Recently, I had the chance to talk with CDR Jeremy “Shed” Clark, Senior Leader at the Naval Rotary Wing Weapons School (SEAWOLF) at NAWDC.
The Seawolf School focuses on Romeo, Sierra, and Fire Scout training, with Romeo being the sensor rich ASW/SUW/EW and related tasked focus helo onboard the Navy’s large deck carriers.
The shift from focusing largely on a targeted task for carrier defense and upon how the organic capabilities on the Romeo and Sierra could play their task most effectively to one where the focus is on broadening the sensor and strike partners of these platforms who can contribute to carrier strike and defense is a significant one.
Rather than quote the CDR directly, I will identify a number of takeaways which I drew from the conversation but for which I am not going to hold him responsible for.
The first point is that the aperture of considering the role of all rotory wing assets expands significantly as one shifts from a legacy carrier strike operation focus to broader support to a distributed maritime force.
Due to the nature of where helicopters deploy this means that the sensors onboard these platforms can see their reach significantly expanded by being able to integrate with other sensors in the battlespace.
Rather than being platform focused, the shift is to empower the Romeo/Sierra/Fire Scout and their reach with an expanded sensor network.
This sensor network will be found both onboard each helicopter as well as with other aircraft onboard the carrier, but more broadly into the interactive allied working capabilities in the expanded battlespace.
The second point is that new assets coming onboard the carrier are going to be looked at from the outset in terms of what they can contribute to the sensor network and decision-making capabilities of the strike force.
For example, we discussed the coming of the MQ-25. The Romeo community is already looking at how having sensors onboard the MQ-25 can expand the reach and range of what the Romeo’s onboard sensors can accomplish for the maritime distributed force.
It is also the case that as sensor demands currently made on the Romeo can be shifted elsewhere.
The Romeo can refocus its task priorities and enhance its contributions to broader mission sets such as ASW and to focus on contributing capabilities that other platforms within the strike group are not prioritized to perform.
The third point is that the new generation of Navy operators are clearly thinking in kill web terms – they are not focused simply on what their platform can do based on how they were trained, but how they can work in the broader battlespace to deliver the desired effects working closely with partners in the sensor, decision-making and strike web.
He argued that this meant that NAWDC is looking at how to change the entire dynamic of the strike group with such an approach.
The fourth point is that with the distributed sensor network being built, manned helicopters can reduce the amount of time they need to be airborne to provide a core sensor set of tasks.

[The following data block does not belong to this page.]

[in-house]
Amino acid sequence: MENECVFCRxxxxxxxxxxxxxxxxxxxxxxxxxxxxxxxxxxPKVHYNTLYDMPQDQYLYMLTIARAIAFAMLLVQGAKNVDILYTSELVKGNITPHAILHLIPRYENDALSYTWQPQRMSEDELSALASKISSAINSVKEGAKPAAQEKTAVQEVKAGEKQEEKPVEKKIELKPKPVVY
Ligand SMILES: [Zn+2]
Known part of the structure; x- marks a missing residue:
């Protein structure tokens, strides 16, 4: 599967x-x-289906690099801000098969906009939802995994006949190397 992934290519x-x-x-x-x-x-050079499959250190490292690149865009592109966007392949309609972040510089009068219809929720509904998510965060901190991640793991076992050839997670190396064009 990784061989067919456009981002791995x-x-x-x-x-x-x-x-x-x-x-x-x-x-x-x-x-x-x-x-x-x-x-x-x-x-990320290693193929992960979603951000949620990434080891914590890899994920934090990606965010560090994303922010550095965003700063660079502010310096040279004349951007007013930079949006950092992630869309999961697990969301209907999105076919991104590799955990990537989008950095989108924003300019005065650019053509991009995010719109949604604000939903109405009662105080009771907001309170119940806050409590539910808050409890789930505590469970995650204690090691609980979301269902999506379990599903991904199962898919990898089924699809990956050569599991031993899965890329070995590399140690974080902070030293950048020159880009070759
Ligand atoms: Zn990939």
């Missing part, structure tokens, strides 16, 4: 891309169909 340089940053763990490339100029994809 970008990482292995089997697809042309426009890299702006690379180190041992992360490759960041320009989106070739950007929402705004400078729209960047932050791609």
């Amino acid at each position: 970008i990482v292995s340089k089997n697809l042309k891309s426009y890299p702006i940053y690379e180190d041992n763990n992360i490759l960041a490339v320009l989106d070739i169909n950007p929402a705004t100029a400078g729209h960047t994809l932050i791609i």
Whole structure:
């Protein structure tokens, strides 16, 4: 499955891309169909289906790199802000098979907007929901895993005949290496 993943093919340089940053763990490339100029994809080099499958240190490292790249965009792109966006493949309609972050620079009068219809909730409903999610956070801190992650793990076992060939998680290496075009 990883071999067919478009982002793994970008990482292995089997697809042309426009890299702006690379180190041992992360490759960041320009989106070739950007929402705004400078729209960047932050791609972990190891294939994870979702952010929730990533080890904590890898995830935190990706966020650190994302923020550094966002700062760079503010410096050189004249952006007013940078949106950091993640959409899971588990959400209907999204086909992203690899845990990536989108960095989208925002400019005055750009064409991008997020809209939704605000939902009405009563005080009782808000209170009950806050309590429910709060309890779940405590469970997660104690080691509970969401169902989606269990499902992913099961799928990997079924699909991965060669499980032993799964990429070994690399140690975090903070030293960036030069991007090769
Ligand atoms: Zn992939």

The so-called unmanned revolution is ultimately about expanding the sensor network and allowing the manned operators within that network to operate more efficiently and more effectively; it is not primarily about replacing them in the battlespace.
The fifth point is that the kill web learning curve has a major impact on thinking about acquisition.
Rather than focusing on the systems proprietary to a specific task oriented platform, the focus is shifting towards integratability: what system can I tap onboard my platform via integratability with other combat assets, and what systems do I have onboard which provide a specific capability which the kill force needs to be able to leverage to enhance combat effectiveness?
The sixth point we discussed was the repurposing of the Fire Scout unmanned system.
Originally, this was platform tasked, namely, to support the littoral combat ship.
But with the new approach of utilizing all assets within a kill-web, the question is how the helicopters working with Fire Scout can add the fleet needed capabilities, and where might the Fire Scout operate from within the fleet to gain maximum impact?
This a significant shift and part of the dynamics of change unfolding at NAWDC.
And CDR Clark highlighted that his team is working on ways to deliver some EW capability via Fire Scout integration with assets onboard the Growler EW aircraft.
In short, the shift is dramatic.
Historically, training was done in stove pipes.
One would train to be the best operator you could be on that platform.
Now, that is not enough; obviously critical but the foundation for working a different way.
The focus is upon working in a kill web and cross-linking capabilities within a distributed integrated force.
Featured Photo: There are many partners with the US Navy in the global Seahawk force. The featured photo shows the arrival in 2013 at Jax Navy of the first Seahawks being delivered to the Australian.